While Salesforce has beaten up everyone in the CRM war, it still needs to stay in front.  To do that it needs lots of products which is something it lacks.

Global spending on digital commerce platforms is expected to grow over 14 percent annually to about $8.5 billion by 2020, Salesforce.

The deal, slated to close in Salesforce’s second quarter ending July, is expected to increase the company’s 2017 revenue by about $100 million-$120 million.

Salesforce had forecast fiscal 2017 revenue of $8.16 billion-$8.20 billion in May.

 

Adobe’s cloudy subscription flowers

Cloud computing - photo Mike MageeAdobe’s cloud-based subscription model is doing wonders for its bottom line.

The outfit reported a profit that topped market expectations for the ninth straight quarter on strong subscriber growth for its Creative Cloud package of software tools, which includes Photoshop.

More than 833,000 subscribers signed up for Creative Cloud in the fourth quarter ended Nov. 27, more than the 678,200 additions analysts were expecting.

Creative Cloud includes graphic design tool Photoshop, web design software Dreamweaver and web video building application Flash, among other software.

Adobe, which has seen strong growth from Creative Cloud, has been nimble enough to attract users other than enterprises and professionals to the software suite.

More than half of its customers subscribe to the highest-priced full Creative Cloud while the rest subscribe to individual products. Photoshop Lightroom was the fastest growing.

Apparently this is because it is attracting new users from hobbyists and consumers and people that would never buy the Creative products before.

San Jose-based Adobe has been switching to web-based subscriptions from traditional licensed software to enjoy a more predictable recurring revenue stream.

Revenue from its digital media business, which houses Creative Cloud, jumped 35 percent to $875.3 million.

Revenue from its digital marketing business, which offers tools for businesses to analyze customer interactions and manage social media content, rose 2.3 percent to $382.7 million.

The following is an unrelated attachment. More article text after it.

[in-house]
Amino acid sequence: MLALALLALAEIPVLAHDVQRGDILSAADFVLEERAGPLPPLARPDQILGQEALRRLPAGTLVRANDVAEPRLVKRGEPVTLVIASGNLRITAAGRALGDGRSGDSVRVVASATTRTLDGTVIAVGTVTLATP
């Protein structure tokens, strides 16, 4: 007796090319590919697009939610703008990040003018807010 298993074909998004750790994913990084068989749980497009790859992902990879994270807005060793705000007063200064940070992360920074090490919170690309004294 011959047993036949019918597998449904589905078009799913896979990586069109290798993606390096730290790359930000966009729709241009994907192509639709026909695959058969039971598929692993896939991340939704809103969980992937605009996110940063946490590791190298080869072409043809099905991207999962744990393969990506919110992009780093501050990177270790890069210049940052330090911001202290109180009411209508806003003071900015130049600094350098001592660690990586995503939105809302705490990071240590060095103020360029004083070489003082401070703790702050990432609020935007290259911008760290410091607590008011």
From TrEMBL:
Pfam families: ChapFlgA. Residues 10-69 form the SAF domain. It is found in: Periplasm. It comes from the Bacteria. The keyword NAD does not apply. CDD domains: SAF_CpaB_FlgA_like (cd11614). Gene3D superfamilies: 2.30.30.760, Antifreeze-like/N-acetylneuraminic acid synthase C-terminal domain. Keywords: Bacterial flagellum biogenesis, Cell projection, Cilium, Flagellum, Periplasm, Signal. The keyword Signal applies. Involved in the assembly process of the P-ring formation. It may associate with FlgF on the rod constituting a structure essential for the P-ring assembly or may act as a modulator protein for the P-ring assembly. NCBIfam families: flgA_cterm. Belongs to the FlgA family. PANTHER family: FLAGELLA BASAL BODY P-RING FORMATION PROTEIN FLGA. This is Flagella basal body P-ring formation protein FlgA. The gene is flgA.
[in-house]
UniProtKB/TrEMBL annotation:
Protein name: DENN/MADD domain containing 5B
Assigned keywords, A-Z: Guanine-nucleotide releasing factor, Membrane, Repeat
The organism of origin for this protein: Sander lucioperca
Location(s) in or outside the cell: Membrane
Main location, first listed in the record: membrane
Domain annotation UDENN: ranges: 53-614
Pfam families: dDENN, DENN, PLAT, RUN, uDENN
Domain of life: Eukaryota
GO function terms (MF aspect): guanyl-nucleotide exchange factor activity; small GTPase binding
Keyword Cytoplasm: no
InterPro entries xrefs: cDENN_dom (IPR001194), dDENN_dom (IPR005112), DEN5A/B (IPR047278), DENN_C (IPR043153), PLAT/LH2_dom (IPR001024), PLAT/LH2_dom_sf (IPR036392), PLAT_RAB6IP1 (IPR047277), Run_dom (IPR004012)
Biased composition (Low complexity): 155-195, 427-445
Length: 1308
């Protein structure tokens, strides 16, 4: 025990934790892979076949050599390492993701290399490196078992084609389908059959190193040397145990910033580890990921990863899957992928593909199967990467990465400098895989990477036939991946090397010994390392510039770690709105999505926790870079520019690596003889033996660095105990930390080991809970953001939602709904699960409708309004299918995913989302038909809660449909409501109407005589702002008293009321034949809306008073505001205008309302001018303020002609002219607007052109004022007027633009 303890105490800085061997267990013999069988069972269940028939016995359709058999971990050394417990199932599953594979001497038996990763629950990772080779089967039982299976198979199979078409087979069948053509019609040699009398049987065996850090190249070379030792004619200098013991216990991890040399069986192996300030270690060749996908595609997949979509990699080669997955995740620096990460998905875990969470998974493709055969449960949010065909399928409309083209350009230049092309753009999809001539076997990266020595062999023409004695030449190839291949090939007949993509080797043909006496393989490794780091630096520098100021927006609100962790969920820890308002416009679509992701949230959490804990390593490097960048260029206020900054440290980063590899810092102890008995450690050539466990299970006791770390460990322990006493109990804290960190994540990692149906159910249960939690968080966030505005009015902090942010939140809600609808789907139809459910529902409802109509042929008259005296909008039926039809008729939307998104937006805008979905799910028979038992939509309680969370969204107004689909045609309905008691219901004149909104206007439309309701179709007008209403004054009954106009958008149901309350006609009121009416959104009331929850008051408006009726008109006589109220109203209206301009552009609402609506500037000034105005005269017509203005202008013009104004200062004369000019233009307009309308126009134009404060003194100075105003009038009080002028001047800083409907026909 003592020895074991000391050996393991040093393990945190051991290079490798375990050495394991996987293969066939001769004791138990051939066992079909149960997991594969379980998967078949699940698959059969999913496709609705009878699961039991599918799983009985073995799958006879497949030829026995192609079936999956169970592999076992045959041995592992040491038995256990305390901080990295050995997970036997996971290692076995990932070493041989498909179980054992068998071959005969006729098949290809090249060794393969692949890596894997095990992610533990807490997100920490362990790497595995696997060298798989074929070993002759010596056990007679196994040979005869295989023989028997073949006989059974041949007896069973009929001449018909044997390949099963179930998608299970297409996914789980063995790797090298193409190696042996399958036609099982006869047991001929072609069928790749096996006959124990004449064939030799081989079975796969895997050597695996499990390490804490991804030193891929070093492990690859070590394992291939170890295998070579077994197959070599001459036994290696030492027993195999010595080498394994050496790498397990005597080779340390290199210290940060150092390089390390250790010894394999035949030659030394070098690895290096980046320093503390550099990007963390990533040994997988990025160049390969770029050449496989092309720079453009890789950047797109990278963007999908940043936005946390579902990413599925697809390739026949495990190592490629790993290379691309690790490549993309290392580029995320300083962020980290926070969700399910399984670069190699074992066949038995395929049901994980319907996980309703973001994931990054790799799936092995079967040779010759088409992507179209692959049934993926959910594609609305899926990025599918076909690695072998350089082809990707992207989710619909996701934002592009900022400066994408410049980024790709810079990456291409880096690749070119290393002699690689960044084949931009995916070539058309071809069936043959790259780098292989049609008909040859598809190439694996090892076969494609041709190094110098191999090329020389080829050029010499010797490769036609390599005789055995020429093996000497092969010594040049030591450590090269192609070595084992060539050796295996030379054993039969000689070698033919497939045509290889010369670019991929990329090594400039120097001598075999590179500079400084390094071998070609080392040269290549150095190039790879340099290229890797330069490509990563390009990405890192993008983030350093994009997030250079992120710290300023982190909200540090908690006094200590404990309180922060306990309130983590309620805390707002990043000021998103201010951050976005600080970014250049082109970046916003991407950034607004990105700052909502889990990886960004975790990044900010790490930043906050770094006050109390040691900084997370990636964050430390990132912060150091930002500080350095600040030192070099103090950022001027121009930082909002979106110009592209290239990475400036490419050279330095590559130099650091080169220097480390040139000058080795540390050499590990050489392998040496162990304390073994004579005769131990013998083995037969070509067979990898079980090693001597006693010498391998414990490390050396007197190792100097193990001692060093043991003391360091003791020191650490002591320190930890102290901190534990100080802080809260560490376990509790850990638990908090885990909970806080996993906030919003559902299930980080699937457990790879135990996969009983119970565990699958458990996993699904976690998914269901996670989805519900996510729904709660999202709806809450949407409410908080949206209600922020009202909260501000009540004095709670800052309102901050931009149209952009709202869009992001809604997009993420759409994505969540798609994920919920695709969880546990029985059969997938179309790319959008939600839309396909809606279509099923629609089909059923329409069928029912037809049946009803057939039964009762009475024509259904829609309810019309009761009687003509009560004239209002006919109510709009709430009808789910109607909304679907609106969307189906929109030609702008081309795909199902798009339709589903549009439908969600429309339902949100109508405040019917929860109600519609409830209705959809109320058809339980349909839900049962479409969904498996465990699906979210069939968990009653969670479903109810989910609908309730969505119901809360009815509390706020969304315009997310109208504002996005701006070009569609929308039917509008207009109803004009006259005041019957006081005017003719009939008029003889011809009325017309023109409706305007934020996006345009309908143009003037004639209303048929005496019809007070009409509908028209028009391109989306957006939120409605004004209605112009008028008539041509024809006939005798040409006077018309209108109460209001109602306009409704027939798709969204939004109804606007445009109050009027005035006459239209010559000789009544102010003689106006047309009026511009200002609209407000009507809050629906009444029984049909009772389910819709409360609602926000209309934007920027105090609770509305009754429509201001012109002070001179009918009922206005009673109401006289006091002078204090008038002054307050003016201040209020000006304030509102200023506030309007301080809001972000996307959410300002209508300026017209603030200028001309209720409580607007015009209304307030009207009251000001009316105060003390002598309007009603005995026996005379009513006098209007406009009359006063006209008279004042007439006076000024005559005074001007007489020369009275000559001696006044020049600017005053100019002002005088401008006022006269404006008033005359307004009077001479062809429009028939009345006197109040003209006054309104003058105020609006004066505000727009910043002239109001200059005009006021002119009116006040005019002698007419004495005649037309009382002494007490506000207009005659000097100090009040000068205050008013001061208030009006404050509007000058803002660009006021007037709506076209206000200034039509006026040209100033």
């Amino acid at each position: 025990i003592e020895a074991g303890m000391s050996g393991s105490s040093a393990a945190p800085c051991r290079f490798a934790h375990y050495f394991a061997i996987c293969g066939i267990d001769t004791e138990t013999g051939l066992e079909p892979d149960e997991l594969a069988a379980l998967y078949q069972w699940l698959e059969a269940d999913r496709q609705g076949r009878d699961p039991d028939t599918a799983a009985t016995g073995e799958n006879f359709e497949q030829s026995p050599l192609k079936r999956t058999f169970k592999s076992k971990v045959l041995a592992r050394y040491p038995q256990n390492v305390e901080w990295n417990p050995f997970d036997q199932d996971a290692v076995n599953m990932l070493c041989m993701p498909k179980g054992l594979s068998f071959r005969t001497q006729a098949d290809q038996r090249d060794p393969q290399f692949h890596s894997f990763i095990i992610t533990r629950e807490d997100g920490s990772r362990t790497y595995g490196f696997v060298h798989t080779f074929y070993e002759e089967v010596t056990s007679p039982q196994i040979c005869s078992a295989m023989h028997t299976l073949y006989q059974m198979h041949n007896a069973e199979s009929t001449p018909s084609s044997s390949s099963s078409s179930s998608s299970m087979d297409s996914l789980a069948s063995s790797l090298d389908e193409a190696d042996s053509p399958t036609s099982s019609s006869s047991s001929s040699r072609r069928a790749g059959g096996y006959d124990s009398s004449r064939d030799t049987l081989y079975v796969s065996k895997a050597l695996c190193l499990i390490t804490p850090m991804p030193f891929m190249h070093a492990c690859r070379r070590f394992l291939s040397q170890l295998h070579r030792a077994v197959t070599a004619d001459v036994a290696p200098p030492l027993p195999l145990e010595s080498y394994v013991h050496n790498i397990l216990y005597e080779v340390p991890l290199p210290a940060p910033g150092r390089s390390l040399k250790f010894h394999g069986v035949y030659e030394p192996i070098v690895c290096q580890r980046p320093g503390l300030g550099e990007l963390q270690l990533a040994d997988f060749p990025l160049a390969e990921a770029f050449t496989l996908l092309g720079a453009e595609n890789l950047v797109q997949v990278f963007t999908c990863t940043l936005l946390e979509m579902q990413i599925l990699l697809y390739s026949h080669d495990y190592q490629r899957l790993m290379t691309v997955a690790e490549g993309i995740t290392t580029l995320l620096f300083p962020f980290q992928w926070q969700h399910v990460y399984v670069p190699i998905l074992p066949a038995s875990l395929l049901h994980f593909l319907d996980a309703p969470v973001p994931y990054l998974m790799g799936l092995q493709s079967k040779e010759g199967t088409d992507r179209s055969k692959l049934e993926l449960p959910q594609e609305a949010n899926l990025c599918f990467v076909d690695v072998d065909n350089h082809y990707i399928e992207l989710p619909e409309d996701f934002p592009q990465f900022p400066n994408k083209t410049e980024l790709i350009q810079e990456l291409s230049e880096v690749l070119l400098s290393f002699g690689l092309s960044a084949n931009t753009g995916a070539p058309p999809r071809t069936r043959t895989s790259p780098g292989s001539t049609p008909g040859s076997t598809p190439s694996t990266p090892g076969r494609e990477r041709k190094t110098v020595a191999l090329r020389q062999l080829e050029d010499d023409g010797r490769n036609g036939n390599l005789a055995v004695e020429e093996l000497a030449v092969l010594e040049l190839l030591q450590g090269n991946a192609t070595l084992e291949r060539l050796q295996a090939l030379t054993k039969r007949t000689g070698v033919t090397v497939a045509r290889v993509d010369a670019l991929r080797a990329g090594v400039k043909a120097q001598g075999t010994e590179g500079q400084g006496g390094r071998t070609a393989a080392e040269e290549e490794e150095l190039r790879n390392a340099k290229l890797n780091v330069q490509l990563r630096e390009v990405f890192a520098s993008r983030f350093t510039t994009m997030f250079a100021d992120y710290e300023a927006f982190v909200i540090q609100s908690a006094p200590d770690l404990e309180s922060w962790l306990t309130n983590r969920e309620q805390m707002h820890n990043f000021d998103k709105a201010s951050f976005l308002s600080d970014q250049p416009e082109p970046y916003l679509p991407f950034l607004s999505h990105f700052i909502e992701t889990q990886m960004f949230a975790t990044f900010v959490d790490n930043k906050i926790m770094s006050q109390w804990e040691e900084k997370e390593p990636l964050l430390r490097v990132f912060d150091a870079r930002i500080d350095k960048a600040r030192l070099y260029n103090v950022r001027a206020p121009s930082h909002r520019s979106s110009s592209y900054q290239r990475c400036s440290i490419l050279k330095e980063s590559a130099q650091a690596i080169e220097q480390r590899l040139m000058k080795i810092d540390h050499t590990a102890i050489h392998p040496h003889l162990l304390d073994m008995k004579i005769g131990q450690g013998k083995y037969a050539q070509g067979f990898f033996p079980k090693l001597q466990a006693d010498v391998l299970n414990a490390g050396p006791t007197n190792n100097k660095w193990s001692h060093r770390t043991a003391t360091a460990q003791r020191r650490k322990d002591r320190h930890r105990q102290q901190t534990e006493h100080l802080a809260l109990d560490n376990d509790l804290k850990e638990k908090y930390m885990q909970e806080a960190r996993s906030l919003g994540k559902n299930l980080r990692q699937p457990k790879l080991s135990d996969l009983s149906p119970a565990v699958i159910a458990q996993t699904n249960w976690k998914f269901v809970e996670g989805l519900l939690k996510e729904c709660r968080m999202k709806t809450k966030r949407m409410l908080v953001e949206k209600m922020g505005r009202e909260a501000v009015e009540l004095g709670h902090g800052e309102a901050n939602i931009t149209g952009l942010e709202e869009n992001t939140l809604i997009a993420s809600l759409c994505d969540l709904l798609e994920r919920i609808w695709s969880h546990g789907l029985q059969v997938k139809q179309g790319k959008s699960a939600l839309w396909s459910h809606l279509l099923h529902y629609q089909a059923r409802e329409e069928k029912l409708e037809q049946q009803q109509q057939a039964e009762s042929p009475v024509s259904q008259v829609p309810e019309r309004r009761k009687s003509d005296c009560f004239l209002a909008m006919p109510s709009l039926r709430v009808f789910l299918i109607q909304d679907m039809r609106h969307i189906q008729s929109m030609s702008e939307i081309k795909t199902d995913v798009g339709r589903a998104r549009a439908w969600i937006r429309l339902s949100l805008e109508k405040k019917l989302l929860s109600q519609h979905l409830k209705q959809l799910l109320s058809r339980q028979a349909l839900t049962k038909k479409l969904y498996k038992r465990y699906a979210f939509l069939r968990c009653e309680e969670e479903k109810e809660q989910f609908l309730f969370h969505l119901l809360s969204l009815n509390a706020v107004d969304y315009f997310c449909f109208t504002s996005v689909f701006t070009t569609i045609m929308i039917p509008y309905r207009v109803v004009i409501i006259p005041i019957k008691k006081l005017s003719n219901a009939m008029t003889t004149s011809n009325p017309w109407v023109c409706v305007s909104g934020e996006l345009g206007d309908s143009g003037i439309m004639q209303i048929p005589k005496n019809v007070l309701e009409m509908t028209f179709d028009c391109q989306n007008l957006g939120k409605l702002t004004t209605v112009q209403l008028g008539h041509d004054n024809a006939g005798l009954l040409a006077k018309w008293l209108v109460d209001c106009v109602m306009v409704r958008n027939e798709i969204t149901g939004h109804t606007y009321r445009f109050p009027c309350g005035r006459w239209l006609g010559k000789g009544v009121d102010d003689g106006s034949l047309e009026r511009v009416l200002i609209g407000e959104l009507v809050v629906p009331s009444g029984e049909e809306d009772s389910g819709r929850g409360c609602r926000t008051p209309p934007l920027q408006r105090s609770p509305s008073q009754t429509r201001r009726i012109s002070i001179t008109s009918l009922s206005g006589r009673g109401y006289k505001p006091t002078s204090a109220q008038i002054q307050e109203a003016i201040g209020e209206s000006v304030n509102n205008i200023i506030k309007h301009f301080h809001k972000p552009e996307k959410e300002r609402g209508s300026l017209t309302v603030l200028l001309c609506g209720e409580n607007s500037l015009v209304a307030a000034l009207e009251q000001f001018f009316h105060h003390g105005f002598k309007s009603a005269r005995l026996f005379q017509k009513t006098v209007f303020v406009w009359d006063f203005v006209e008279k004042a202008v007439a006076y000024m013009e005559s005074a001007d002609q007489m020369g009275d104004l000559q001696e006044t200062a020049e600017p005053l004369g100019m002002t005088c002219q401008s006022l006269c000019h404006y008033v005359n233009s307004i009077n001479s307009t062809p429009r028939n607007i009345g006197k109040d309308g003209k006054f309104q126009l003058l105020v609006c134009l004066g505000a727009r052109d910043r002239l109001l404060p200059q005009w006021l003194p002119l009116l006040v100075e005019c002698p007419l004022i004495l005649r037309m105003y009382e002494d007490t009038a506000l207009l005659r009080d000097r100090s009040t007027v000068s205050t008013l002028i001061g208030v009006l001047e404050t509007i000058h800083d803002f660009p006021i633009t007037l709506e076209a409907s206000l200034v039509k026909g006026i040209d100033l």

Total revenue rose to $1.31 billion.

Despite the 21.7 percent increase in fourth-quarter revenue only matching analysts’ estimates, a much lower 3.4 percent bump in total operating costs also helped Adobe’s profit beat estimates.

Adobe’s net income soared to $222.7 million, or 44 cents per share, in the quarter, from $88.1 million, or 17 cents per share, a year earlier.

 

Adobe and PageFair moan about adblocking

StoneWall-1Ad-blocking will lead to almost $22 billion of lost advertising revenue this year, according to a  report put together by Adobe and PageFair.

For those who came in late, PageFair is a Dublin-based start-up that helps companies and advertisers recoup some of this lost revenue.

If the pair’s figures are right, then the use of adblocking software has increased by 41 percent during the last year. Levels of ad-blocking activity now top more than a third of all internet users in some countries, particularly in Europe, the report said.

Gaming, social network and other tech-related websites were most affected by ad-blocking software, the report added.

While companies spend billions of dollars each year on these internet marketing efforts, analysts say people often overlook them while looking at online content.

Campbell Foster, director of product marketing at Adobe, said that what was causing grave concern for broadcasters and advertisers is video advertising, which is some of their most valuable content, is starting to be blocked. Whoopee, Campbell.